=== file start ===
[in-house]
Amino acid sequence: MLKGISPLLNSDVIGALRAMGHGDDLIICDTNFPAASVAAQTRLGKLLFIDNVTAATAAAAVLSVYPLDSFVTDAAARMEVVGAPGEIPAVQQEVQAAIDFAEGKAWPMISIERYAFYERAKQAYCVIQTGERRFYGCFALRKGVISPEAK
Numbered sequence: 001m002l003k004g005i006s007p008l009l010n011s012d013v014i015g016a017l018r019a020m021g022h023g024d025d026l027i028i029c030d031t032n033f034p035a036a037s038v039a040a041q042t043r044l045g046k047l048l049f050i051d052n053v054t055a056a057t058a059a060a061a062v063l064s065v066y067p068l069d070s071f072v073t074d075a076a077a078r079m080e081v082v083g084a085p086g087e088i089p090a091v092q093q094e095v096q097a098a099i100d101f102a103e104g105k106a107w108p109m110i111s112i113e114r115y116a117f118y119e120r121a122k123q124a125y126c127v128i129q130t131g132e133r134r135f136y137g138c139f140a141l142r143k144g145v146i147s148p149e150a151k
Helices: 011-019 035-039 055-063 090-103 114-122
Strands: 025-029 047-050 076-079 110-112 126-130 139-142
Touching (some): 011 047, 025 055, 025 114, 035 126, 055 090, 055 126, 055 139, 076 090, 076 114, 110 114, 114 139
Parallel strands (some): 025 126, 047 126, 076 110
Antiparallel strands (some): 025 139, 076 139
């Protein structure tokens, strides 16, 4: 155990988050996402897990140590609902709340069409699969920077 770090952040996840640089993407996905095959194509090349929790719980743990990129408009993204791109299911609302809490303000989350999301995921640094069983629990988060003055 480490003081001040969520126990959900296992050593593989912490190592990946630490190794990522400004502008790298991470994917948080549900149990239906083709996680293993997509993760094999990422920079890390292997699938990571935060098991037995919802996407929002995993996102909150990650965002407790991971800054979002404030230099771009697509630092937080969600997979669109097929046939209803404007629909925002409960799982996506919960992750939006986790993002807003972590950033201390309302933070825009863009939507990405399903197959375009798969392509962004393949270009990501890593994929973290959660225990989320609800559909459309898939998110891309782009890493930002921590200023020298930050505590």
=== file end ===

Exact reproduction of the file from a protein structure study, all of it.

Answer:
[in-house]
Amino acid sequence: MLKGISPLLNSDVIGALRAMGHGDDLIICDTNFPAASVAAQTRLGKLLFIDNVTAATAAAAVLSVYPLDSFVTDAAARMEVVGAPGEIPAVQQEVQAAIDFAEGKAWPMISIERYAFYERAKQAYCVIQTGERRFYGCFALRKGVISPEAK
Numbered sequence: 001m002l003k004g005i006s007p008l009l010n011s012d013v014i015g016a017l018r019a020m021g022h023g024d025d026l027i028i029c030d031t032n033f034p035a036a037s038v039a040a041q042t043r044l045g046k047l048l049f050i051d052n053v054t055a056a057t058a059a060a061a062v063l064s065v066y067p068l069d070s071f072v073t074d075a076a077a078r079m080e081v082v083g084a085p086g087e088i089p090a091v092q093q094e095v096q097a098a099i100d101f102a103e104g105k106a107w108p109m110i111s112i113e114r115y116a117f118y119e120r121a122k123q124a125y126c127v128i129q130t131g132e133r134r135f136y137g138c139f140a141l142r143k144g145v146i147s148p149e150a151k
Helices: 011-019 035-039 055-063 090-103 114-122
Strands: 025-029 047-050 076-079 110-112 126-130 139-142
Touching (some): 011 047, 025 055, 025 114, 035 126, 055 090, 055 126, 055 139, 076 090, 076 114, 110 114, 114 139
Parallel strands (some): 025 126, 047 126, 076 110
Antiparallel strands (some): 025 139, 076 139
């Protein structure tokens, strides 16, 4: 155990988050996402897990140590609902709340069409699969920077 770090952040996840640089993407996905095959194509090349929790719980743990990129408009993204791109299911609302809490303000989350999301995921640094069983629990988060003055 480490003081001040969520126990959900296992050593593989912490190592990946630490190794990522400004502008790298991470994917948080549900149990239906083709996680293993997509993760094999990422920079890390292997699938990571935060098991037995919802996407929002995993996102909150990650965002407790991971800054979002404030230099771009697509630092937080969600997979669109097929046939209803404007629909925002409960799982996506919960992750939006986790993002807003972590950033201390309302933070825009863009939507990405399903197959375009798969392509962004393949270009990501890593994929973290959660225990989320609800559909459309898939998110891309782009890493930002921590200023020298930050505590």